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Configuring Boot Disks

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Reference Configuration Variations

Obviously, the four-disk reference configuration described here is not ideal for all situations. The ideal environment for such a reference configuration is an enterprise-level computing environment with high-availability expectations. However, you can easily modify the reference configuration to meet a number of needs. In low- or medium-scale environments, or environments with less of an availability concern, the additional cost of a second root mirror, hot spare disk, or contingency disk may not justify the gain in availability. The following paragraphs describe the pros and cons of several variations of this design. Note that it is still a good idea to follow the procedures and suggestions in the rest of the book. For instance, even if several variations of the reference configuration are used in a datacenter, it is good to use the same installation procedures and common naming conventions on the appropriate disks. Consistency is still the key to allowing system administrators to quickly and effectively service outages on an often-bewildering array of systems.

Although many concerns about boot disk configurations have already been addressed, there are really only two concerns to consider when choosing between variations on the reference configuration: disk failures and bootability failures. Disk failures are essentially random electronic or mechanical failures of the disk. Generally, the only remedy for a disk failure is to replace the disk. Bootability failures often involve human error and occur when the BE is unable to boot because of a misconfiguration or a problem with certain files or disk regions. Because bootability errors often affect the volume manager configuration or are mirrored to the root mirror or hot spare, the existence of those disks does not usually help the problem. While you can mitigate disk failures with root mirrors or hot spares, the remedy for bootability failures involves restoring the BE or booting from the contingency disk.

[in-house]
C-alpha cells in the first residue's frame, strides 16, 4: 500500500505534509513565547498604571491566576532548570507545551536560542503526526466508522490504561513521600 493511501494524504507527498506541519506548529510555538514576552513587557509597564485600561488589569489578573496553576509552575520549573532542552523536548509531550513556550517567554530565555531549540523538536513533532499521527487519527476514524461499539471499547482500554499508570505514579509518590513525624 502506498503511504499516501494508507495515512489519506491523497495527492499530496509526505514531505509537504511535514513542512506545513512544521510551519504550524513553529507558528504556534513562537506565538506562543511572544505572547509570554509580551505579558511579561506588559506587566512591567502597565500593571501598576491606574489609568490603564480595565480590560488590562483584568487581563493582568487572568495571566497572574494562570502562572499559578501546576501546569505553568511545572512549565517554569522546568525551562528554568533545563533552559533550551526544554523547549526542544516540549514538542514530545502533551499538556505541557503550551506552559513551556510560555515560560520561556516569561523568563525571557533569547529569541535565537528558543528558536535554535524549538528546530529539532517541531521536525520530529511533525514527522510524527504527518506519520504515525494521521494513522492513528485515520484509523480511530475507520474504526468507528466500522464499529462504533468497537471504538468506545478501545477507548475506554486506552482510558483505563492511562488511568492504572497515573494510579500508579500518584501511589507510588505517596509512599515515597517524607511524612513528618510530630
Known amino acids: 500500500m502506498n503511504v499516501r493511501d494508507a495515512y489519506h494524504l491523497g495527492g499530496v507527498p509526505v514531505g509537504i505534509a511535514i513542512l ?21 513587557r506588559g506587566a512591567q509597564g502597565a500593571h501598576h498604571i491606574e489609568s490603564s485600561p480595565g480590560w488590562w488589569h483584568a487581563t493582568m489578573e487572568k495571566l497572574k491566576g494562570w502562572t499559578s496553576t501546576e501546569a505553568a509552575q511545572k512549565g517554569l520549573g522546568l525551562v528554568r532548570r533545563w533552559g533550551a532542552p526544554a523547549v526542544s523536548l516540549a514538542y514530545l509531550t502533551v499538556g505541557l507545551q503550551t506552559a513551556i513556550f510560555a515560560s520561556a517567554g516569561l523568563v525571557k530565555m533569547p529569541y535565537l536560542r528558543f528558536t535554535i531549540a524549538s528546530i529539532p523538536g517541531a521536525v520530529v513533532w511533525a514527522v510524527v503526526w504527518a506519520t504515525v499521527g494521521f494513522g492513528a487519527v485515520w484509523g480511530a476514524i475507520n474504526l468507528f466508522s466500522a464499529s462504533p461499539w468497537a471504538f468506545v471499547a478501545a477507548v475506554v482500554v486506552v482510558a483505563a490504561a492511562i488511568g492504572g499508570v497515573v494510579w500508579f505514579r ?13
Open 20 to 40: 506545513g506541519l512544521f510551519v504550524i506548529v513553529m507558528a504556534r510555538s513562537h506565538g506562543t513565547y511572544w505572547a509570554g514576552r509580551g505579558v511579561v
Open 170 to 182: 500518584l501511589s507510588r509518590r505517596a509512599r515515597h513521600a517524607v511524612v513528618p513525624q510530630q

In a high-availability environment, it is essential that the restored BE or contingency disk has the programs, files, and patches to support the necessary services. Without a contingency disk, you can use any of the following methods to restore bootability:

  • If you used Solstice DiskSuite software as the volume manager, you can boot from the Solaris OE installation CDs. Since these CDs contain Solstice DiskSuite software binaries, this provides all necessary Solstice DiskSuite utilities. Because this is usually a fairly easy option, Solstice DiskSuite software installations usually do not require a contingency disk.

  • If a recent backup is available, you can use it to restore the boot disk.